Distinctions: Participatory, Interactive and Collaborative Art
Since I create in both Participatory and Interactive work (sometimes in the same piece) and the words are often used interchangeably and can verge on collaboration I’d like to make the distinctions for you.
Participatory work is at least partially created by participants. The work cannot be made or completed without them. For me, meaningful contribution to the work is an important part of it- they are not just a body filling a space in the piece when told to, but they are offering something of themselves to the work- such as an experience, a mark, a gesture, a memory, or opinion.
This is different than a collaboration because I (as the artist) am setting everything up, staging things and building the framework literally or figuratively. The participants contribute within the framework I set up (and sometimes push the boundaries), but they don’t have a share in final decisions about the framework. I do very actively seek out opinions, responses and ideas from people when building the framework for participatory pieces, but in the end I’m the one who decides. If it were collaborative, we would decide together and there would be an extended process of cross-pollination throughout building the piece.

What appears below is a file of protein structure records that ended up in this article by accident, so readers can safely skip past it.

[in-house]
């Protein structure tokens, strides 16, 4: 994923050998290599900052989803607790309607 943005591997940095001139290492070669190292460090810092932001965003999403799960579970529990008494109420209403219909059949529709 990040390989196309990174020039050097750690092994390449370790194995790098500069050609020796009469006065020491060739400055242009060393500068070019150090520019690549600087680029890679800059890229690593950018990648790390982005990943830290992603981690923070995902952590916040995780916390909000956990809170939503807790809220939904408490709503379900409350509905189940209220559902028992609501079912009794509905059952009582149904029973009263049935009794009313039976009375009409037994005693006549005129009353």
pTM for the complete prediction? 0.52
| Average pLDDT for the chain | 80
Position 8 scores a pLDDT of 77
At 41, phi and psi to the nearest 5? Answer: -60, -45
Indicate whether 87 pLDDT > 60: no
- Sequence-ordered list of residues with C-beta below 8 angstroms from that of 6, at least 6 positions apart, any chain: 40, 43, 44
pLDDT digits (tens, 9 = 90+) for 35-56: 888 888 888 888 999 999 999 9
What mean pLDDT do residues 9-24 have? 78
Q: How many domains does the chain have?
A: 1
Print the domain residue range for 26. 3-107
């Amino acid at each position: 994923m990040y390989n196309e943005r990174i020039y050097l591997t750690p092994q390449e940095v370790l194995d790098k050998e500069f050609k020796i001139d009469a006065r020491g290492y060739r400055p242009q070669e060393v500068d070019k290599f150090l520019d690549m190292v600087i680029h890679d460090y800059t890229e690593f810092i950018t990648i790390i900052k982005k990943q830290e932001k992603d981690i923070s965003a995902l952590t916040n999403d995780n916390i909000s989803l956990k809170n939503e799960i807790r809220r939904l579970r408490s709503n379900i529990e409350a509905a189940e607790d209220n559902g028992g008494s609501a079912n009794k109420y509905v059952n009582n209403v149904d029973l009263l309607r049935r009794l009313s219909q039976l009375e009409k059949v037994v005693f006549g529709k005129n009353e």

The “Write me for Art” piece is Participatory in that I’ve been asking people to send me their handwritten responses to questions and without those responses there would be no piece. In some sense the final piece will be interactive because people will be able to move and hold the machine-embroidered parts of the piece, but the second phase doesn’t allow for participation in the same way.
Interactive work is something which invites interaction from the viewer and which may change or react when the viewer activates it in some way (by pushing a button, triggering a motion sensor or picking something up). The viewer’s actions create a response in the piece and the piece creates a response in the viewer- on a physical level. All art is potentially interactive on the emotional/psychological level though our impact on the piece is much more abstract (how we frame it, talk about it, place it in history, etc.).
Identity Tapestry and Scales are both simultaneously Interactive and Participatory. Urban Pulse had a participatory phase (collecting stories and pulses) followed by an interactive phase in the Gallery.
It’s an important distinction.